A grim anniversary, as one year ago, the first COVID-19 case was announced in the United States. This changed the way many Americans lead their everyday lives, and hitting locally owned businesses especially hard.
Small business owners say learning to pivot has helped them to stay afloat. They say though it has been extremely difficult at times, the community’s support has meant everything in the last year.
Karen Thomas, the owner of Pineapple Eddie’s Southern Bistro, says for her business pivoting during the pandemic has meant making sacrifices, voluntarily closing dine-in services many times throughout the pandemic in the interest of public health.
“We knew we were going into the season, the holiday season where people will gather. So, we just figured it was probably a good idea to be on the front end of this.” Thomas said.
Thomas adding though it has taken a toll on the restaurant financially, the risk of spreading the virus is too great. Thomas says the restaurant is currently only open for take out.
“I think that’s a chance I’m willing to take in order to keep the staff safe and in order not to add to the problem of allowing the public to gather in a space that could potentially cause harm.” Thomas said.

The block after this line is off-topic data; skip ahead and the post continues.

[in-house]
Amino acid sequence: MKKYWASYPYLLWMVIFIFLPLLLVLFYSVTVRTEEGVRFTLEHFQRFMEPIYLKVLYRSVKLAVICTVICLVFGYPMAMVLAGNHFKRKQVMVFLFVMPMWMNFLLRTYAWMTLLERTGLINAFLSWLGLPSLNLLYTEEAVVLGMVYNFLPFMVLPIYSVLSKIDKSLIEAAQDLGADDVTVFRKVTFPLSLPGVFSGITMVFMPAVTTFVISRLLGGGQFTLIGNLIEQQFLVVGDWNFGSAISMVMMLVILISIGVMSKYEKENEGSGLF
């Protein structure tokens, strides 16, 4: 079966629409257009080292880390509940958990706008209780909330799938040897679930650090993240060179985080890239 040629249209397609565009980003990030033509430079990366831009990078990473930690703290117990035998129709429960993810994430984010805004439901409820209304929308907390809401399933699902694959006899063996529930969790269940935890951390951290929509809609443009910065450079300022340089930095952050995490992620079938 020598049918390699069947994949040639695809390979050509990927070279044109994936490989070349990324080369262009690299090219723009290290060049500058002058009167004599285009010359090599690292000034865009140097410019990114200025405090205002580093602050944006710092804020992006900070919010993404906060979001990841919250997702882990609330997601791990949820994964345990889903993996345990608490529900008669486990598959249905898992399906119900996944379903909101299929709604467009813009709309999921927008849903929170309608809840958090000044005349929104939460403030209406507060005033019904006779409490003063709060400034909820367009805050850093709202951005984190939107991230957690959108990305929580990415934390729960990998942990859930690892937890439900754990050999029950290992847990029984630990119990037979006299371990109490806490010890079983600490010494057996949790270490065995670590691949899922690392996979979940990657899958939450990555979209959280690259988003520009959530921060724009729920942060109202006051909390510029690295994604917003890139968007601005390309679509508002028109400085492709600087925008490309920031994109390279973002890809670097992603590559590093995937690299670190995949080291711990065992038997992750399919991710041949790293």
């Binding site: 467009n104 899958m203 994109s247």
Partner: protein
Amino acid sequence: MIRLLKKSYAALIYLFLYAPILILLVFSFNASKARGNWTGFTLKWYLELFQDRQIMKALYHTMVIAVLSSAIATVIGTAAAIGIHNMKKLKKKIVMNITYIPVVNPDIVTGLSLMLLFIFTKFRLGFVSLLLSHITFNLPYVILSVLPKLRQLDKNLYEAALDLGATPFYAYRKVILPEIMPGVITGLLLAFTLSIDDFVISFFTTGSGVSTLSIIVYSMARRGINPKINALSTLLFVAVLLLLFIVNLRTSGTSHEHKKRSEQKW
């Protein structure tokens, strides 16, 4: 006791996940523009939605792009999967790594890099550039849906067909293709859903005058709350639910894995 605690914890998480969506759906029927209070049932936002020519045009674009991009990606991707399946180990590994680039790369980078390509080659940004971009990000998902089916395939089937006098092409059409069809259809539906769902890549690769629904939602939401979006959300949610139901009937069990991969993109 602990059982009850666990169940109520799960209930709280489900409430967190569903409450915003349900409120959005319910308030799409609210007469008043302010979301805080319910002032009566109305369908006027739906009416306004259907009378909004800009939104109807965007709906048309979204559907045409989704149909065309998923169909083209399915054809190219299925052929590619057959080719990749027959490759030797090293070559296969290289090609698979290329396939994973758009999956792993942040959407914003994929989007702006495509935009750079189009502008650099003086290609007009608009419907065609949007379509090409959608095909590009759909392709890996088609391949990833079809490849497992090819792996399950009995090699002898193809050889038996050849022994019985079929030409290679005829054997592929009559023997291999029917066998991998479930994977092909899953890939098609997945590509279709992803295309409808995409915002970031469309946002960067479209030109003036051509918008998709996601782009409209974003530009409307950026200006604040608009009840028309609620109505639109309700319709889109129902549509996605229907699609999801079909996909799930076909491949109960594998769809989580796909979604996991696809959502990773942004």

Another local business owner says the last year has been all about adapting for those at Yoga Erie.
“We were constantly changing directions, trying to adjust to whatever our new normal was going to be and then we would get things set up and be normal or what was the new normal and it would change again.” said Jill Crawford Murphey.
Crawford Murphey adds that in the summer months, Yoga Erie continued to serve the community with outdoor classes in the parking lot. She says since October, the studio has been open for socially distant classes where masks are required. She says these classes are also live streamed, attempting to meet everyone’s comfort levels.
Several business owners say they’ve found ways to serve the community in ways that feel safe and comfortable to them.